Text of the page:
stead (n.) Look up stead at Dictionary.com
Old English stede "place, position; standing, firmness, stability, fixity," from Proto-Germanic *stadiz (cognates: Old Saxon stedi, Old Norse staðr "place, spot; stop, pause; town," Swedish stad, Dutch stede "place," Old High German stat, German Stadt "town," Gothic staþs "place"), from PIE *steti-, suffixed form of root *sta- "to stand" (see stet). Related to stand.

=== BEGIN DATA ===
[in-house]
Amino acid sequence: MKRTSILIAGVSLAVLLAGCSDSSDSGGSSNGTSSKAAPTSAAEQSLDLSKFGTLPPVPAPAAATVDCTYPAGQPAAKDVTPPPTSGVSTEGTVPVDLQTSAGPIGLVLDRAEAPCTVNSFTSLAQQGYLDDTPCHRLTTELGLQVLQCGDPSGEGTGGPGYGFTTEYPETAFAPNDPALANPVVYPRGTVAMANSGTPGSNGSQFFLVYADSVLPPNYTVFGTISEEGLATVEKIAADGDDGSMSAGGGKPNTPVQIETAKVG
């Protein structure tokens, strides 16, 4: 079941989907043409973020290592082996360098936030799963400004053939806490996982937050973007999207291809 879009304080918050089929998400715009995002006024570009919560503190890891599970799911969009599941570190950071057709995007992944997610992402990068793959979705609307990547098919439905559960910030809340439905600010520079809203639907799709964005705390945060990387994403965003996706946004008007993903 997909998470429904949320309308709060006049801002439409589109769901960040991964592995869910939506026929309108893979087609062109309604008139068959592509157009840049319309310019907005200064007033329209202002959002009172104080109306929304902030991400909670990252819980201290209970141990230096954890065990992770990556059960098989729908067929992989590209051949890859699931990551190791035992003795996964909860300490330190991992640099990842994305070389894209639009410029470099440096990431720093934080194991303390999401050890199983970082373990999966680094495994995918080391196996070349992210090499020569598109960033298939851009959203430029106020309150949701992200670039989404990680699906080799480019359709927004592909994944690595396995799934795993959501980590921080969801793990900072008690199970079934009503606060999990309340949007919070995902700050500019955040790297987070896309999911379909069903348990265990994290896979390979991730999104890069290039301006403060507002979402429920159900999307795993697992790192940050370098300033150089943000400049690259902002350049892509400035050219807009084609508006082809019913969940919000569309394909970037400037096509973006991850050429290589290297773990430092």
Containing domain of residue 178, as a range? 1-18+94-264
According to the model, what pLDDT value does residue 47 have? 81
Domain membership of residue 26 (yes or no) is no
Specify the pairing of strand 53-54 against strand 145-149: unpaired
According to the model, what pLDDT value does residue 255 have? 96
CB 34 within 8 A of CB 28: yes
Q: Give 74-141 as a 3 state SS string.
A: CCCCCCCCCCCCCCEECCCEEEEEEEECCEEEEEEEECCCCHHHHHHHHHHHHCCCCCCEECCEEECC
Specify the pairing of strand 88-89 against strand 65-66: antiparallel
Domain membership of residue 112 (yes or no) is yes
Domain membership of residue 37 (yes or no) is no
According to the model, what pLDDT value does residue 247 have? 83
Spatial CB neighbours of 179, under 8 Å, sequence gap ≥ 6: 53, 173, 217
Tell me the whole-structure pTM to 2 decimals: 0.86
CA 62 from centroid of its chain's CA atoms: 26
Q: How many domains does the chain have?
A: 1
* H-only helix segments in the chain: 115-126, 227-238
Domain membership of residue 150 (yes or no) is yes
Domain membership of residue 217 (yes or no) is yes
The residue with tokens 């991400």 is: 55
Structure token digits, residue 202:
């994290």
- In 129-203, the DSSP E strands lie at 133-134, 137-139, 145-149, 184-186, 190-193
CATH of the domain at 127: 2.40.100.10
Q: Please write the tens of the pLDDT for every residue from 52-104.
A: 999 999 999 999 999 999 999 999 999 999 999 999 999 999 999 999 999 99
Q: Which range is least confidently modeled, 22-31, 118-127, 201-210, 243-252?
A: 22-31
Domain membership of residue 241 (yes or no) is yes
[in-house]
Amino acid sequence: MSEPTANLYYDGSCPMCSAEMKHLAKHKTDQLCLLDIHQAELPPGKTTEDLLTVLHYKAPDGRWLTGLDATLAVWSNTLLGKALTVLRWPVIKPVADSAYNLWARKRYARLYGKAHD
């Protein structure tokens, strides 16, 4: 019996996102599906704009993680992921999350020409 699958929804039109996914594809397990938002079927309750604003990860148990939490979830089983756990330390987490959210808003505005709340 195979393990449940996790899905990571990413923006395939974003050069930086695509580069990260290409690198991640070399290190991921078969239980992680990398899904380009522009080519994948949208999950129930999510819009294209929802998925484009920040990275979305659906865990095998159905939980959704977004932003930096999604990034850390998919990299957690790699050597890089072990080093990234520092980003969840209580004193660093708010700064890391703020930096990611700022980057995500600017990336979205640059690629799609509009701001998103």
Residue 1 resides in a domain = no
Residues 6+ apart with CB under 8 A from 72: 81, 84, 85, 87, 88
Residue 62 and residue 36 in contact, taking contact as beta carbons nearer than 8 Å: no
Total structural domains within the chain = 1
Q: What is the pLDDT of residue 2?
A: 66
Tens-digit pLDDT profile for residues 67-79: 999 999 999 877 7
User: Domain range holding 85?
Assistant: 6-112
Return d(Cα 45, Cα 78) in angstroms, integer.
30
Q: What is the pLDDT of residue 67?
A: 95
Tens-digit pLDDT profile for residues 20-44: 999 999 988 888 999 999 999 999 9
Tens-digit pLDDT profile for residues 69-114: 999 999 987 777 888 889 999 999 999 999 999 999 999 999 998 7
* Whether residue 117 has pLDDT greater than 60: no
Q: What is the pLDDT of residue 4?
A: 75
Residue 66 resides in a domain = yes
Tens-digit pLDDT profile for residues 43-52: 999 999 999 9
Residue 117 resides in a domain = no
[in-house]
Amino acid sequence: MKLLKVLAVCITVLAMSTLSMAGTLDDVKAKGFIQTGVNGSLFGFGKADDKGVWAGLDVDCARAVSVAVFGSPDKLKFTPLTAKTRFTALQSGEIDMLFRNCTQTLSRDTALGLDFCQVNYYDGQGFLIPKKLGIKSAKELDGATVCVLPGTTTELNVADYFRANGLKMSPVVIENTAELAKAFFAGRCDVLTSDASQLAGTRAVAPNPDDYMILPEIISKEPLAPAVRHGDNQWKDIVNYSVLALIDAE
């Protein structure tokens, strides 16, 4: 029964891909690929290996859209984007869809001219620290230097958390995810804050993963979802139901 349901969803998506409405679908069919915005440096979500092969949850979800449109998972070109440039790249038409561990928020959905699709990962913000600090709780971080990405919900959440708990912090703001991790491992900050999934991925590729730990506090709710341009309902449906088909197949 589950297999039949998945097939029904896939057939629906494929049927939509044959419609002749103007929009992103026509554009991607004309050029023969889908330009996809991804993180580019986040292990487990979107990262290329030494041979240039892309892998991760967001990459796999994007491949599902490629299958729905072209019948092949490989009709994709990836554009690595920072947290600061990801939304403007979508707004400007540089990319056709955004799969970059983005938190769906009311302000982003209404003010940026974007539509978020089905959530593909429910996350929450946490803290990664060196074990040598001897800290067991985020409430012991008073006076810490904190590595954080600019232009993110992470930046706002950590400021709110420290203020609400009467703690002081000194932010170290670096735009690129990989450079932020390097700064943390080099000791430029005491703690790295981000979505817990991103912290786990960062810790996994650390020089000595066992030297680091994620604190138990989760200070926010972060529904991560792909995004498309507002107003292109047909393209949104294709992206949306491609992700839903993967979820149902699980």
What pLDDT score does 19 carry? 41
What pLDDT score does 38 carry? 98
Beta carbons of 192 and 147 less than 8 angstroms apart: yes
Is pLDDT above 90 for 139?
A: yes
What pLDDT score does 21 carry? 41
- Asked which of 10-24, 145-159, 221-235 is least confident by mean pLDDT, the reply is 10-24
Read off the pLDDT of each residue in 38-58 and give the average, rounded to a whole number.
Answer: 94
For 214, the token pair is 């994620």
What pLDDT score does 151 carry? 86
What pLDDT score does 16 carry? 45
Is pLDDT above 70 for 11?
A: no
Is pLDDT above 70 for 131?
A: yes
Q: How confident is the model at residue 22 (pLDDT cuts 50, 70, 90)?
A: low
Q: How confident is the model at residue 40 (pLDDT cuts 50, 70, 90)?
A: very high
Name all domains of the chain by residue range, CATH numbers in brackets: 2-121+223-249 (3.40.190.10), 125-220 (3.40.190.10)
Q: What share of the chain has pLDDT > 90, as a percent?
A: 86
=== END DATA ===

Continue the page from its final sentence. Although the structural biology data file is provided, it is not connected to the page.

Now chiefly in compounds or phrases. Meaning "assistance, use, benefit, advantage" is from c.1300. Meaning "frame on which a bed is laid" is from c.1400. The German use of Stadt for "town, city" "is a late development from c.1200 when the term began to replace Burg" [Cambridge Dictionary of English Place-Names]. The Steads was 16c. English for "the Hanseatic cities."